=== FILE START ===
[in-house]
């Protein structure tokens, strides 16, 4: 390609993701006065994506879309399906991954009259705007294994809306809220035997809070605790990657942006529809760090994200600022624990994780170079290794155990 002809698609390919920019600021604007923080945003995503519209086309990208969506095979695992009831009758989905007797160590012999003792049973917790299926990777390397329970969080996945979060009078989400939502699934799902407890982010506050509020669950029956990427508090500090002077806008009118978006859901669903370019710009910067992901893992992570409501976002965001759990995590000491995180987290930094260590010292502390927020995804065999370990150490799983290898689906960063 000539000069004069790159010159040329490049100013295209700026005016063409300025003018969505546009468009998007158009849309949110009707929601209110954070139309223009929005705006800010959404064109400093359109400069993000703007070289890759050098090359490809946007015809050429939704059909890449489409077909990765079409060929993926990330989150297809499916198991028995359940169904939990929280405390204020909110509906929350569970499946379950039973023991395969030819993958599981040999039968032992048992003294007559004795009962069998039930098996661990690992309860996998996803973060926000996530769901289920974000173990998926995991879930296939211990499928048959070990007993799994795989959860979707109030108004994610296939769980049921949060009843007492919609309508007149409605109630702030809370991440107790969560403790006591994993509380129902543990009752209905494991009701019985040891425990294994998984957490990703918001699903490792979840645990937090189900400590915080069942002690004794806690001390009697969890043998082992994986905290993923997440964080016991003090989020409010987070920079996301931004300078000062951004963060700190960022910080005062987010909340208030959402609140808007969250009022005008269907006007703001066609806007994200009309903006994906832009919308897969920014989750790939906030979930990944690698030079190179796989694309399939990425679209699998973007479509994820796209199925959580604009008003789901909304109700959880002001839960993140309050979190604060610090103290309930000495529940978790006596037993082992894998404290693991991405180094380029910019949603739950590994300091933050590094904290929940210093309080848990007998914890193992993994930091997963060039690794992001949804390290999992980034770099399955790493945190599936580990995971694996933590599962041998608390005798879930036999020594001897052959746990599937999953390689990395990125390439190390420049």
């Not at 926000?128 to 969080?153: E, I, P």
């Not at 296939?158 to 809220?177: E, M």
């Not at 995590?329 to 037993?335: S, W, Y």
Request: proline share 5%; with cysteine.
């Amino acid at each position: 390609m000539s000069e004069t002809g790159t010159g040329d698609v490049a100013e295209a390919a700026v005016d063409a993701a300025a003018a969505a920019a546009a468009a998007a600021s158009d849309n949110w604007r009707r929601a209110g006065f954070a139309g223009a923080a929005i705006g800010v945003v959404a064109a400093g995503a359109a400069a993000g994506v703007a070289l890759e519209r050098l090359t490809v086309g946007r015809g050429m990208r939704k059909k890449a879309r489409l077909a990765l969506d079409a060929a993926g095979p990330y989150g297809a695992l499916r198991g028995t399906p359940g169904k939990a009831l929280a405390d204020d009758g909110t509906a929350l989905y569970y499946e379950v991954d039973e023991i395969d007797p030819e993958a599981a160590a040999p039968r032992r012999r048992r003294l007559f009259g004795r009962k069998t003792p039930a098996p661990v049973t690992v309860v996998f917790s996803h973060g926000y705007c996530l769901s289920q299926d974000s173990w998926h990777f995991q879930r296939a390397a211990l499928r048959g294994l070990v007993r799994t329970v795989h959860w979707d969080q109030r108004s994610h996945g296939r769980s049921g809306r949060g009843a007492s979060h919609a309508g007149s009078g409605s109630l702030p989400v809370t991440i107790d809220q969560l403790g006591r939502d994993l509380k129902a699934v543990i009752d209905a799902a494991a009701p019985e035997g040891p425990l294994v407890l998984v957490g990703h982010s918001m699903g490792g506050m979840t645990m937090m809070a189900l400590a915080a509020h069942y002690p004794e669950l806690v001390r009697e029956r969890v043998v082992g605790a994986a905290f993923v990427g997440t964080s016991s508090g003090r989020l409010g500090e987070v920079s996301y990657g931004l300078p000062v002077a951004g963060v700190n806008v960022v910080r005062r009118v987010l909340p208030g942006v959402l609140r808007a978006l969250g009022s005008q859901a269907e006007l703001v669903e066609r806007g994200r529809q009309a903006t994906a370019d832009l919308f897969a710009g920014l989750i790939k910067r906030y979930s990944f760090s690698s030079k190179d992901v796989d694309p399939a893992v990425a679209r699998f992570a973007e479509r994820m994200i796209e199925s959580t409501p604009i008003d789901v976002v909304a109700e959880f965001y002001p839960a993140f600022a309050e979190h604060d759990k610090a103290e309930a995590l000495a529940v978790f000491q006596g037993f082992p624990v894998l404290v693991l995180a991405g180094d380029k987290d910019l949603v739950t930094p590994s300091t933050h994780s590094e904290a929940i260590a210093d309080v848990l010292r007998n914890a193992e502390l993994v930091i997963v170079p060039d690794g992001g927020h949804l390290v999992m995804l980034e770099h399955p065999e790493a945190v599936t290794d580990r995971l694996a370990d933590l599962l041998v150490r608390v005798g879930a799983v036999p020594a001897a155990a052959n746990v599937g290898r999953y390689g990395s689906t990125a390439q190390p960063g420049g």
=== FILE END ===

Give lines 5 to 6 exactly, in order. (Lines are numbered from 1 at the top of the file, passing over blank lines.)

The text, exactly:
């Not at 995590?329 to 037993?335: S, W, Y």
Request: proline share 5%; with cysteine.